Wednesday, March 19, 2014

The Beautiful Struggle, Chapter 5

[The Beautiful Struggle]

At one point in Chapter 5 of The Beautiful Struggle, Coates writes, “She knew that I had no idea how close I was, would always be, to the edge, how easily boys like me were erased in absurd, impractical ways” (141). What did you think of the observation based on what else you'd read in the book?  

3 comments:

Jeremiah B. said...

I think this observation is a realization that Coates's mother has regarding his influence from the streets. Throughout the book, Coates has been exposed to gang violence that has affected him personal and he is adapting to his environment. At this point, I think Mrs. Coates might fear losing her son but doesn't agree with her husband's methods.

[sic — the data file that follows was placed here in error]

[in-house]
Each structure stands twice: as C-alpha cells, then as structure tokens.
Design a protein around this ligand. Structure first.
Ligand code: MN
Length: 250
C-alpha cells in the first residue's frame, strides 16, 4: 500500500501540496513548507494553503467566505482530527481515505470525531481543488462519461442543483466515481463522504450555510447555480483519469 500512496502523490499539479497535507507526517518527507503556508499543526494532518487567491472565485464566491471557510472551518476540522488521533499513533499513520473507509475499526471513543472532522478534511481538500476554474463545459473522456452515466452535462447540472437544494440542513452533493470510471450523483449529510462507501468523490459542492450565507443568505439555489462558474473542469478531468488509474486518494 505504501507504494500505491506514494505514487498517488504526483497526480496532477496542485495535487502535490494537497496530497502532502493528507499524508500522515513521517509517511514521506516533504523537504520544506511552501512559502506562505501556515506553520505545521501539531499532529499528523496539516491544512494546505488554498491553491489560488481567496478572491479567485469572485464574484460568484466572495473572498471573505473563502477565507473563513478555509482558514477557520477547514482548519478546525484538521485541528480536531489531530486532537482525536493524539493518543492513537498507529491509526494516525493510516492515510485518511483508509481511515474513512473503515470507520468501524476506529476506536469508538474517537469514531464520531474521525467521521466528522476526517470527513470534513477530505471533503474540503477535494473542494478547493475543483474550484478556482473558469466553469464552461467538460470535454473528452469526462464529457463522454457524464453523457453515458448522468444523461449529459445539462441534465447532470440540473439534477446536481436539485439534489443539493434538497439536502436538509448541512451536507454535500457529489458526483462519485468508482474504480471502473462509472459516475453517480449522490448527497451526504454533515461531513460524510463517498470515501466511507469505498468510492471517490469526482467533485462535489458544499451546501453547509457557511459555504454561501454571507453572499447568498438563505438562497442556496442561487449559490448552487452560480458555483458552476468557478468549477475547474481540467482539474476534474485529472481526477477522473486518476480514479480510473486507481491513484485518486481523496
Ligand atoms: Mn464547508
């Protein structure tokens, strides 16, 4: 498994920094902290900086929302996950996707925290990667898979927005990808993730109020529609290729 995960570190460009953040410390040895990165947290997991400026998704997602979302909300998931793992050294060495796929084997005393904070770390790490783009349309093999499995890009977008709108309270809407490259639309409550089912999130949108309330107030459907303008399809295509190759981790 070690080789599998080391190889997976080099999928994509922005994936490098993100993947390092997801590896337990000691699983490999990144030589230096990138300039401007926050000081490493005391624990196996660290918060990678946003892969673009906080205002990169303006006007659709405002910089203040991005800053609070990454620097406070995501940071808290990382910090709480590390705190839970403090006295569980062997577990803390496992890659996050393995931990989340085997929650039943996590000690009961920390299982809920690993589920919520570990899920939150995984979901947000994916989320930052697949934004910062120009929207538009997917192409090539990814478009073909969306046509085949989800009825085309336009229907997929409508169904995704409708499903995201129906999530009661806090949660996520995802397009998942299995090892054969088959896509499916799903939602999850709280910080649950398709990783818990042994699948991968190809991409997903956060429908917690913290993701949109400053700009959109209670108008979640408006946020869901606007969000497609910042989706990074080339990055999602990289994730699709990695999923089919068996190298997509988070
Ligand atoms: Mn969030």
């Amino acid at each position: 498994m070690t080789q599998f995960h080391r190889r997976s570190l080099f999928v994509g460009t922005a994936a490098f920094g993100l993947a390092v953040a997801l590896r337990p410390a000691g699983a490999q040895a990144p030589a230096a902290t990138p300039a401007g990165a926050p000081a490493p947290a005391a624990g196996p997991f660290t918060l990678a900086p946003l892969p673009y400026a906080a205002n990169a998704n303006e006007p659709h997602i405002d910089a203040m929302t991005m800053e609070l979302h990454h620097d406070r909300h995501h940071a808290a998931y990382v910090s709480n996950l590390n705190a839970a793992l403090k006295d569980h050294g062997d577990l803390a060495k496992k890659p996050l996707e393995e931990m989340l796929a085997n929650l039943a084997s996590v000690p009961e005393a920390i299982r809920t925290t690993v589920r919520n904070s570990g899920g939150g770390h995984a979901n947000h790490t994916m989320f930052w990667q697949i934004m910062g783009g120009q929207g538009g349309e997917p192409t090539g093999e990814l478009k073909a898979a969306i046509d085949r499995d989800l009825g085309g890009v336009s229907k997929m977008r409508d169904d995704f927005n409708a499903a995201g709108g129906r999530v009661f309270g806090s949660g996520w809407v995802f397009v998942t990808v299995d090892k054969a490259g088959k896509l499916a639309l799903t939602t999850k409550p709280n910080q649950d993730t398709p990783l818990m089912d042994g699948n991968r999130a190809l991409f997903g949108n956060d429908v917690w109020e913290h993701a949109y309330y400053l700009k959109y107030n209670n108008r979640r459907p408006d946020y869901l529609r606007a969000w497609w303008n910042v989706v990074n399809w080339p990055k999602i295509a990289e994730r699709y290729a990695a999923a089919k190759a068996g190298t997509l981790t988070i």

Joey N. said...

I believe that the observation goes hand and hand with the message that the book is trying to portray. Young African-American men growing up in cities like the ones presented in the book are always close to edge, one false move or moment of bad judgement away from being just another statistic.

Belainesh Nigeda said...

I agree with Jeremiah B. I think that his mother is scared that he is becoming like the other typical boys (the "statistics"). I don't think that would be an accurate assumption from reading the book. It just seems like he had anger inside of him and instead of holding it inside (like normal) he decided to burst.